Remember when restaurants had smoking sections? Or when going out to a bar inevitably meant coming home smelling like an ashtray, even if you never took a puff on a cigarette?
Thankfully, those days are long over. And so is the debate that banning smoking from bars and restaurants would kill the hospitality industry. In the past decade, smoking bans have gone even further: In many parts of Canada there’s no more lighting up on patios, in public parks, in cars with kids.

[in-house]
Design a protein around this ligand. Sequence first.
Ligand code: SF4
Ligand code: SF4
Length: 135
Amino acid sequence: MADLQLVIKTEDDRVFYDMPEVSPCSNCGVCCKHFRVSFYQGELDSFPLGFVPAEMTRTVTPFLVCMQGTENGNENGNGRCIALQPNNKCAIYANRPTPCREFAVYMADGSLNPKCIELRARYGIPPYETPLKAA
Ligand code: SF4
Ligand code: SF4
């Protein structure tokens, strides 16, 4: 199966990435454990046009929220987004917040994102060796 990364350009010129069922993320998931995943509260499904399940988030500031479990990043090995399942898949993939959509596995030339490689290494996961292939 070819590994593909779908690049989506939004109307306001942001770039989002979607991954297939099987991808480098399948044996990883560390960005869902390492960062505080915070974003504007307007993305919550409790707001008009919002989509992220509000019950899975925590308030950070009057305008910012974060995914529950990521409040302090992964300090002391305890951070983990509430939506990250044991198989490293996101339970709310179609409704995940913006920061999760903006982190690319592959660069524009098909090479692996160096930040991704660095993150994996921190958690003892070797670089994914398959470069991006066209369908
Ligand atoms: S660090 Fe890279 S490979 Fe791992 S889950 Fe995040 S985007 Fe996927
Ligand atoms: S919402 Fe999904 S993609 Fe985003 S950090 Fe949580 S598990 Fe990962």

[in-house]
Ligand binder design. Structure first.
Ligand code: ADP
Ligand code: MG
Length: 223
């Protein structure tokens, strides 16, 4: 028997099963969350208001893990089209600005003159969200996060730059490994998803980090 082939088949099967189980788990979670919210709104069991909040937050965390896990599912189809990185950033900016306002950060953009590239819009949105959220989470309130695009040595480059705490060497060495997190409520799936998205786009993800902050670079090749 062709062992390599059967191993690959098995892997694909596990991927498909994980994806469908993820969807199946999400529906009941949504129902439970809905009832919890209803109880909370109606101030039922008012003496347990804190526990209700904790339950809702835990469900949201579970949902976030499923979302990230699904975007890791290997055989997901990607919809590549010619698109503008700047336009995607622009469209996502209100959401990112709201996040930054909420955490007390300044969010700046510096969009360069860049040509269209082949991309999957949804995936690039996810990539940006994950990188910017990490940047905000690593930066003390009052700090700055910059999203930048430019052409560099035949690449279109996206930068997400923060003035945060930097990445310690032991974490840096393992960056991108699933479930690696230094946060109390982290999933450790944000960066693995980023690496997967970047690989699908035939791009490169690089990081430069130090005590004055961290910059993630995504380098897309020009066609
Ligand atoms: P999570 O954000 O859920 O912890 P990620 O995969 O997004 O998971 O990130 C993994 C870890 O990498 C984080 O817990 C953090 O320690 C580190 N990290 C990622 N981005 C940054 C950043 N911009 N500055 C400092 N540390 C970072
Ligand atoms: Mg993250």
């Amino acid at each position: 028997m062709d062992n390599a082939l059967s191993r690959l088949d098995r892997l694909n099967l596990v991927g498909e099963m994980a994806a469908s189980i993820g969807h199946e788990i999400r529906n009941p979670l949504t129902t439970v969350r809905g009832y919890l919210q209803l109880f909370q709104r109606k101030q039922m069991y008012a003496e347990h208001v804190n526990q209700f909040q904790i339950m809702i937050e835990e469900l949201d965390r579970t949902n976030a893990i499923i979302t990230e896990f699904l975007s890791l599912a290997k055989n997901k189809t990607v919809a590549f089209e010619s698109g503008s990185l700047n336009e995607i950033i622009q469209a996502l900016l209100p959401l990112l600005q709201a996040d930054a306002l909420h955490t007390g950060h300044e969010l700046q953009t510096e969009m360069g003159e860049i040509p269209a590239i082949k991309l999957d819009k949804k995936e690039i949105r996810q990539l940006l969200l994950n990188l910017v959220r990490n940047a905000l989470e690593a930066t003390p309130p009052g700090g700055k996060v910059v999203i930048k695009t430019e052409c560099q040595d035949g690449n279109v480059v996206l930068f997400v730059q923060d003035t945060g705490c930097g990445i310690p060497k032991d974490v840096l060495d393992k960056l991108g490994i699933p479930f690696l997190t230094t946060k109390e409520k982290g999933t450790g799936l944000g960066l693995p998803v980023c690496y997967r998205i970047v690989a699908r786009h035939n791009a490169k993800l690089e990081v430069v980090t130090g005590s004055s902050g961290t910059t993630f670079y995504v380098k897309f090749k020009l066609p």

That means we’re approaching the final frontier in the hard-fought battle against exposure to second-hand smoke. But this next fight is going to be a doozy.
The private home is one of the last places where Canadians can indiscriminately light up a cigarette without risking breaking the law. And a growing number of people would like that to change. Specifically, people who live in apartments, condominiums and other multiunit dwellings where one person’s cigarette smoke can easily invade another person’s home.
Controversial, yes. But also an important, necessary move.
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